My Math Forum Game theory question with 4 variables

 November 1st, 2010, 06:35 AM #1 Newbie   Joined: Nov 2010 Posts: 6 Thanks: 0 Game theory question with 4 variables Variable 1 = 58% probability for positive result Variable 2 = 52% probability for positive result Variable 3 = 53% probability for positive result Variable 4 = 51% probability for positive result You can only have positive ore negative result. These 4 variables is needed to calculate the outcome of the final result. If 2 variables = negative result, and 2 variables = positive result. The outcome will be the same as the beginning result ( feks. If the beginning result is 100 the outcome will be 100) If 1 variables = negative result and 3 variables = positive result. The outcome will be positive ( feks. If the beginning result is 100 the outcome will be above 100). If 3 varibales = negative result and 1 variables = positive result. The outcome will be negative ( feks. If the beginning result is 100 the outcome will be below 100) And so on. What is the probability in percentage to hit = 100, abowe 100 and below 100 ? Thanks alot for any answer
 November 1st, 2010, 09:31 AM #2 Global Moderator     Joined: Nov 2006 From: UTC -5 Posts: 16,046 Thanks: 938 Math Focus: Number theory, computational mathematics, combinatorics, FOM, symbolic logic, TCS, algorithms Re: Game theory question with 4 variables There are 16 possibilities in total: 5 that cause an increase, 5 that cause a decrease, and 6 that cause it to stay the same. With numbers this small, I tend to think you should just calculate them directly.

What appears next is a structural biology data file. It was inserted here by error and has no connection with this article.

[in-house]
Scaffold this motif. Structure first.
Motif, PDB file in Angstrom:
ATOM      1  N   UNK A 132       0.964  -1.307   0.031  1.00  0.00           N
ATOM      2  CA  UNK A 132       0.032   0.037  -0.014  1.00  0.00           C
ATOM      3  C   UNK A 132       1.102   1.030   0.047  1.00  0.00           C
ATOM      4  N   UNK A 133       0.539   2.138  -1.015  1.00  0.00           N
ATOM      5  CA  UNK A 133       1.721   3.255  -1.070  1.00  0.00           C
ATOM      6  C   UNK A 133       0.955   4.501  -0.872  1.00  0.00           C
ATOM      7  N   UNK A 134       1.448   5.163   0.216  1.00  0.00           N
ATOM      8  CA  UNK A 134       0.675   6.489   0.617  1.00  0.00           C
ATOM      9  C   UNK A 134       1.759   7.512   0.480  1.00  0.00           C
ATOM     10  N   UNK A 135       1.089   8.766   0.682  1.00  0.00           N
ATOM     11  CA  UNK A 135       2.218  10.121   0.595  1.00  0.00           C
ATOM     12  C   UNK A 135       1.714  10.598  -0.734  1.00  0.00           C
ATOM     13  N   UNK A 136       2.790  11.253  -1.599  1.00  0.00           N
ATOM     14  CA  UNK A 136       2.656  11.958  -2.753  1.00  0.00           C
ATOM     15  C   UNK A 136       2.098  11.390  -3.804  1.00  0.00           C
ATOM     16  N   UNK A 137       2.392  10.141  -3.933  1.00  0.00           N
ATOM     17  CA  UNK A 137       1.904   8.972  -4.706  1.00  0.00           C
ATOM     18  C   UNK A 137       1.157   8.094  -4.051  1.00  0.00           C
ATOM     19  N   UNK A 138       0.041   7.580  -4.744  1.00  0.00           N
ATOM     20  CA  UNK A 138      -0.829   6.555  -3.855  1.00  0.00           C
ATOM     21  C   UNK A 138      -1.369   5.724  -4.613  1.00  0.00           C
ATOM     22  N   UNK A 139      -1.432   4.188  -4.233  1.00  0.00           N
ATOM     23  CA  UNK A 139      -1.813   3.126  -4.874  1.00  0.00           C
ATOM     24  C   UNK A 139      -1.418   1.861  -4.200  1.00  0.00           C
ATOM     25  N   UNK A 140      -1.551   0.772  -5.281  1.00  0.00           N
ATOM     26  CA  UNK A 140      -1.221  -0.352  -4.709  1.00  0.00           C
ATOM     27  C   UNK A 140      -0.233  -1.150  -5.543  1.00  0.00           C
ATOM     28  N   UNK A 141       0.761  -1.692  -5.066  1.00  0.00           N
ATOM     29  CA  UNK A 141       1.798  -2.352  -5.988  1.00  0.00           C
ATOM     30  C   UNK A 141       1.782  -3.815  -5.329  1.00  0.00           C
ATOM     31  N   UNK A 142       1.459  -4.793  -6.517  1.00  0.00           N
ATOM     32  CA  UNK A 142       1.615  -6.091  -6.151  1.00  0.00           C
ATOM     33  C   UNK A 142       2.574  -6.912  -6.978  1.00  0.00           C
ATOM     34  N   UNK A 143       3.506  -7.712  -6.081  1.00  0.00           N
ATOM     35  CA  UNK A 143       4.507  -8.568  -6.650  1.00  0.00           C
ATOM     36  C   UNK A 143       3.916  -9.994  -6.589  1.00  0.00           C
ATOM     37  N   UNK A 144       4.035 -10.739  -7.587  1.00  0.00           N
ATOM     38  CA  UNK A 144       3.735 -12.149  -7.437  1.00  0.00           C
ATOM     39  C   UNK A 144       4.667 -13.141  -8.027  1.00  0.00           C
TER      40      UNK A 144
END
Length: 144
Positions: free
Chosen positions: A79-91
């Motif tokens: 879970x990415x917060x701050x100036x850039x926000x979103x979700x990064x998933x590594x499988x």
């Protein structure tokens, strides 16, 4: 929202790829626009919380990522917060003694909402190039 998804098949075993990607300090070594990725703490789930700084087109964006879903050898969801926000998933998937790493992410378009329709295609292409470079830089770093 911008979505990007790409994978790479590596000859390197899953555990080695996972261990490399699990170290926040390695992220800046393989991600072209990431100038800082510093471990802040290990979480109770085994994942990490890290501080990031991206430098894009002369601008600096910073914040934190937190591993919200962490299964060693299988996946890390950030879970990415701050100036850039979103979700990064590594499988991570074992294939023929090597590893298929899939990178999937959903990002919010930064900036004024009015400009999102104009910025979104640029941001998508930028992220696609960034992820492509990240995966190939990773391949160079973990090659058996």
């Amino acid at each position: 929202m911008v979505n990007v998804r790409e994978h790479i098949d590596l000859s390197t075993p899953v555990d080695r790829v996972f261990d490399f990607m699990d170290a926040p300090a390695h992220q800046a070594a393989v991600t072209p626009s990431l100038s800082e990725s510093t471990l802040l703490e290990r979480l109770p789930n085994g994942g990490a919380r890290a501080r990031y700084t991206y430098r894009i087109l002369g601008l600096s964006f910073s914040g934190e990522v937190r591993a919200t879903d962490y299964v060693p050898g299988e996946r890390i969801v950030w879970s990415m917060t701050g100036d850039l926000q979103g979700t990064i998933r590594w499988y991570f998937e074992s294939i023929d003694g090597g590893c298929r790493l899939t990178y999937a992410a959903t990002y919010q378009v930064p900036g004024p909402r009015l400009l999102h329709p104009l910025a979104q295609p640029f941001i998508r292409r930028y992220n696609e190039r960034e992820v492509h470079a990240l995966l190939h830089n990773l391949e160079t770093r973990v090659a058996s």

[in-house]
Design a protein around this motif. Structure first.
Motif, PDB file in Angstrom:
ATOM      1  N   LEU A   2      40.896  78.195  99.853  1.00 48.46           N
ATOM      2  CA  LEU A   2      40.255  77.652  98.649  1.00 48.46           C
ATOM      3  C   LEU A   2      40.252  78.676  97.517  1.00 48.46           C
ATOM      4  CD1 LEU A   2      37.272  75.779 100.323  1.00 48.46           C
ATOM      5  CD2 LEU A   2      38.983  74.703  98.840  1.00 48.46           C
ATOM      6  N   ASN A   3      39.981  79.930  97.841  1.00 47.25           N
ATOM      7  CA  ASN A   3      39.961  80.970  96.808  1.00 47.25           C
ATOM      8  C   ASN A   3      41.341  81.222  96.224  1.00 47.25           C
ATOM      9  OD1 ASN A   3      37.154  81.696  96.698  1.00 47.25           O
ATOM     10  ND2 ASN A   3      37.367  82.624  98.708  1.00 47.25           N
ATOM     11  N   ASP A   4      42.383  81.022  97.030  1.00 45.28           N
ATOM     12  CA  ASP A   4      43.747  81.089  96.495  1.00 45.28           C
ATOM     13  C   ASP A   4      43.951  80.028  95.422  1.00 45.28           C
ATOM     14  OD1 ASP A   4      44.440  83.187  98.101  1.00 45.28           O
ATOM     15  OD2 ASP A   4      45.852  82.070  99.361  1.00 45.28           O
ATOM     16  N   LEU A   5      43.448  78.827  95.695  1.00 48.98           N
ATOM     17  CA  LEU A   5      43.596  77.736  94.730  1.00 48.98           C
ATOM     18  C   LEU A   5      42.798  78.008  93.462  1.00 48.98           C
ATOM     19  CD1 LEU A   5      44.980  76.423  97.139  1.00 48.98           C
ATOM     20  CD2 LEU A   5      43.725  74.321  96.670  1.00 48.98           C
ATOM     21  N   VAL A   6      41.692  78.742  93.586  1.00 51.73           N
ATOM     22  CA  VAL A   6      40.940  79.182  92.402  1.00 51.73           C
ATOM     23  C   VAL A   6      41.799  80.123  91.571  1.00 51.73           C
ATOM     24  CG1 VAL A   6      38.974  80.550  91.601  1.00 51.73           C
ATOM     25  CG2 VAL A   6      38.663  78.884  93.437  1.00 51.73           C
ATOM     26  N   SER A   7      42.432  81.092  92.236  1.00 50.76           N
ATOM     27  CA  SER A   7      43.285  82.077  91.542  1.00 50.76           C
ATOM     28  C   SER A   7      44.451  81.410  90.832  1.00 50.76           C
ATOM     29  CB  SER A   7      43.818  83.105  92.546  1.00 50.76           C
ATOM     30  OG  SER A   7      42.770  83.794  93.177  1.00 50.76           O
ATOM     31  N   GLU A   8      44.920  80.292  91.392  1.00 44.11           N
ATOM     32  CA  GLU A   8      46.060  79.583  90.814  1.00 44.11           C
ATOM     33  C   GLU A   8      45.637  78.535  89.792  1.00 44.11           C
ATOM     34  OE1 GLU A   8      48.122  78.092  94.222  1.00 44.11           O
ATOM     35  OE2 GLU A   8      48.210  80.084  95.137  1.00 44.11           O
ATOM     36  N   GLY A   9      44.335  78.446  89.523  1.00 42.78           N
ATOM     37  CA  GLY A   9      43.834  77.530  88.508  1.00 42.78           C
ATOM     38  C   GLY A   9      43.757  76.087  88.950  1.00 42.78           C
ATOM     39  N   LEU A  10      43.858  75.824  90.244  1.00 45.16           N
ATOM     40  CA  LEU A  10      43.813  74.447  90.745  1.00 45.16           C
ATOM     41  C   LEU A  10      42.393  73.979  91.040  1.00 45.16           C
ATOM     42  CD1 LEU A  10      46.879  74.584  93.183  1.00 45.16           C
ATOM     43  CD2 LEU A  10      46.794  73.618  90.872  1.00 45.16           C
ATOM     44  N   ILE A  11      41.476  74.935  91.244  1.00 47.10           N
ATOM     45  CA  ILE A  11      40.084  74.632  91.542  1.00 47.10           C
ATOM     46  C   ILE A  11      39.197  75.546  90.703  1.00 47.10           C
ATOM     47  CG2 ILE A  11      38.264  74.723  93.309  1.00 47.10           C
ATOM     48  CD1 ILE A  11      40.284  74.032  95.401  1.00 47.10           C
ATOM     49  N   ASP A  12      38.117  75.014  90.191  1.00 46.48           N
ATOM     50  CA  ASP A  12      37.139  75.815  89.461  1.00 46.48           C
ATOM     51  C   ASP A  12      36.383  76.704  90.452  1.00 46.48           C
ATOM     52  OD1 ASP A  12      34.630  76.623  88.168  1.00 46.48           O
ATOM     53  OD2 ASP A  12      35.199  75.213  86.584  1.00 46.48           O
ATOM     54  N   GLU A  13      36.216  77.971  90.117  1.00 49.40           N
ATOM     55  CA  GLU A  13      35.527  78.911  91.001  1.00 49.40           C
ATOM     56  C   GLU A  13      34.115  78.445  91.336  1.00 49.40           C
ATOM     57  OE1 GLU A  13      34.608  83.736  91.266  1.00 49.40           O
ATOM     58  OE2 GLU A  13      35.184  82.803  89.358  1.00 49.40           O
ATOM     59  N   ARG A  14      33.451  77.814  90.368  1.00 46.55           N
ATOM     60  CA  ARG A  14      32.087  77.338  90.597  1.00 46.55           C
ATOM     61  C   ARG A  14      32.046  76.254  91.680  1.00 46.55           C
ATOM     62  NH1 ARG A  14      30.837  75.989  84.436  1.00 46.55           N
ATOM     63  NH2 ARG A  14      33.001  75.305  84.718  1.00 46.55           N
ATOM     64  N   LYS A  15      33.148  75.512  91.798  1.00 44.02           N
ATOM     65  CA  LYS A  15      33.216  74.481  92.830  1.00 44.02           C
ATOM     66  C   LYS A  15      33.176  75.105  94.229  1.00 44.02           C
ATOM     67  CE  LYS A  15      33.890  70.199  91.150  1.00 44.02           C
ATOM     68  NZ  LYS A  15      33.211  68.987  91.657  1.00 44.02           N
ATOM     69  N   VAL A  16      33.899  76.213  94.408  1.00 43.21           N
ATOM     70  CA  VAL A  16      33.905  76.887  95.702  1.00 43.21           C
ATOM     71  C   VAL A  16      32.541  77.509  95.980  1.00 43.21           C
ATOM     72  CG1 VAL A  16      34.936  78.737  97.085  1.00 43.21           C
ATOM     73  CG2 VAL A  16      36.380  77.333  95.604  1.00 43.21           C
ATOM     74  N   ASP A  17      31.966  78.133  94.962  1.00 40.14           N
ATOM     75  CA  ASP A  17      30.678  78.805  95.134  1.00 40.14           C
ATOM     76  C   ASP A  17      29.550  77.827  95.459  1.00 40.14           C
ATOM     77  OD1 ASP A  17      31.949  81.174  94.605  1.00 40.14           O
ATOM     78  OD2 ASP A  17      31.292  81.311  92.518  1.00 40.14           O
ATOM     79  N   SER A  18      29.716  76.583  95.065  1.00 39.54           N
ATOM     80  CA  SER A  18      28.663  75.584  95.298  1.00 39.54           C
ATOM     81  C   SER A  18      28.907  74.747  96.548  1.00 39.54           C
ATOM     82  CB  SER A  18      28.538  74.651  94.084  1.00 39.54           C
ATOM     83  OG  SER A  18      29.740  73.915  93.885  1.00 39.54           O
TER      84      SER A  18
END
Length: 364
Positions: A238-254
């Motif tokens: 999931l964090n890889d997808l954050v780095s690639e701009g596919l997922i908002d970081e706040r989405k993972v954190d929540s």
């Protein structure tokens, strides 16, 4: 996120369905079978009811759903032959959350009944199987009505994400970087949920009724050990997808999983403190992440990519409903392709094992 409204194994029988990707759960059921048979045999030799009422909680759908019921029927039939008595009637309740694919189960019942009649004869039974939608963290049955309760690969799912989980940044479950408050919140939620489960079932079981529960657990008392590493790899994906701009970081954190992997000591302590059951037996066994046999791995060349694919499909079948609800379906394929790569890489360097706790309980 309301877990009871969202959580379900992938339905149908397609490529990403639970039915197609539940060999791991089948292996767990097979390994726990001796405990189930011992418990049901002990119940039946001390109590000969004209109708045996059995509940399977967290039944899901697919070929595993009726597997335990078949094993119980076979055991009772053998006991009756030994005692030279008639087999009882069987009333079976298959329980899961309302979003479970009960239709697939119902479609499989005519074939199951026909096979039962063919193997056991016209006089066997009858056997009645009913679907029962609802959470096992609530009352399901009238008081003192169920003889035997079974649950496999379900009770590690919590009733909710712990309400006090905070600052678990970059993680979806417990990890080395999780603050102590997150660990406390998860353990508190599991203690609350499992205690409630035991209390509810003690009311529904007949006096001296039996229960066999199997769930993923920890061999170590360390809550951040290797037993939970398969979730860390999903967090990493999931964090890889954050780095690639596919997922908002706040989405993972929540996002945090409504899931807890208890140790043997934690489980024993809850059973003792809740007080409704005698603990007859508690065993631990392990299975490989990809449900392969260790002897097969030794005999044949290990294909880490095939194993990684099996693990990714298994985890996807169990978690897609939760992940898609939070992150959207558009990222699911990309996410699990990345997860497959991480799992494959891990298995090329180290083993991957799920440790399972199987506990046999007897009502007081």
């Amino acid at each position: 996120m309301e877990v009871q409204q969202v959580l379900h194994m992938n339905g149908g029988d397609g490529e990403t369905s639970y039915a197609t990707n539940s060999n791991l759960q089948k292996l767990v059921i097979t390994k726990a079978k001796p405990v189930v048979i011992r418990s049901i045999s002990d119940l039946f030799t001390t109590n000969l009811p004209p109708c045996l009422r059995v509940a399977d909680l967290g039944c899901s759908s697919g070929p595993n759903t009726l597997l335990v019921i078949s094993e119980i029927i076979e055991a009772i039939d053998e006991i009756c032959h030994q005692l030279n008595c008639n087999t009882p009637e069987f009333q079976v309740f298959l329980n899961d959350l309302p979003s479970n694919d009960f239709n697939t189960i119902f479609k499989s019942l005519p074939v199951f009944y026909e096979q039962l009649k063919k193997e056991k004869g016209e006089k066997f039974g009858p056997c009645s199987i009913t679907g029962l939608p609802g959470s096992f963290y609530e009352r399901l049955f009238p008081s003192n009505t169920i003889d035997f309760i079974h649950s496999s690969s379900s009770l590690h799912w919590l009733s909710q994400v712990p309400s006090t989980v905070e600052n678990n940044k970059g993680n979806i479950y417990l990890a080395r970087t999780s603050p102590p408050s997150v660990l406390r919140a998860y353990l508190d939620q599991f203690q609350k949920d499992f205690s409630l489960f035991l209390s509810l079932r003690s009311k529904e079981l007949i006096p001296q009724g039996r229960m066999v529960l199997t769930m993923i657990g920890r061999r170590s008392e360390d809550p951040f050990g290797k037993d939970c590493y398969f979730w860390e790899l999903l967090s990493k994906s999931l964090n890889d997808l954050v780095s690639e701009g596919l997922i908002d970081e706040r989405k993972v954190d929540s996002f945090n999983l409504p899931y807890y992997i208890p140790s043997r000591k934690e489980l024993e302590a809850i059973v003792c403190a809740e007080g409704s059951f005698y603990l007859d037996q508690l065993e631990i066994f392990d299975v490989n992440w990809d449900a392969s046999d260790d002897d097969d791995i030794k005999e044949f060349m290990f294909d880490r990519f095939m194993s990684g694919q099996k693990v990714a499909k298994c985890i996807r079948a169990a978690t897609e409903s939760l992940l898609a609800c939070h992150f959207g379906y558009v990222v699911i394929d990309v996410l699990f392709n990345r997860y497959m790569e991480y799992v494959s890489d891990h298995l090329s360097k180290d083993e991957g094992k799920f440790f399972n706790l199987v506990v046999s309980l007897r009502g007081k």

November 2nd, 2010, 06:43 AM #3 Newbie   Joined: Nov 2010 Posts: 6 Thanks: 0 Re: Game theory question with 4 variables Thanks for the reply. How did you calculate the answer ?
November 2nd, 2010, 10:32 AM   #4
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Re: Game theory question with 4 variables

Quote:
 Originally Posted by solq4 Thanks for the reply. How did you calculate the answer ?
${4\choose2}=\frac{4!}{2!2!}$ ways of getting a tie, then equal numbers for the others. Alternately, 1 way to have everything go to one side and 4 ways to get all but one; that's 5 for positive and 5 for negative, leaving 6 for ties.

Or you could do both calculations and breathe a sign of relief knowing that "math works".

 November 7th, 2010, 07:56 AM #5 Newbie   Joined: Nov 2010 Posts: 6 Thanks: 0 Re: Game theory question with 4 variables Thanks . How do you do it for excact percentages for getting the results ?
 November 7th, 2010, 09:48 AM #6 Global Moderator     Joined: Nov 2006 From: UTC -5 Posts: 16,046 Thanks: 938 Math Focus: Number theory, computational mathematics, combinatorics, FOM, symbolic logic, TCS, algorithms Re: Game theory question with 4 variables For any individual combination, multiply the probabilities for each element, using p if it occurs and 1-p otherwise.

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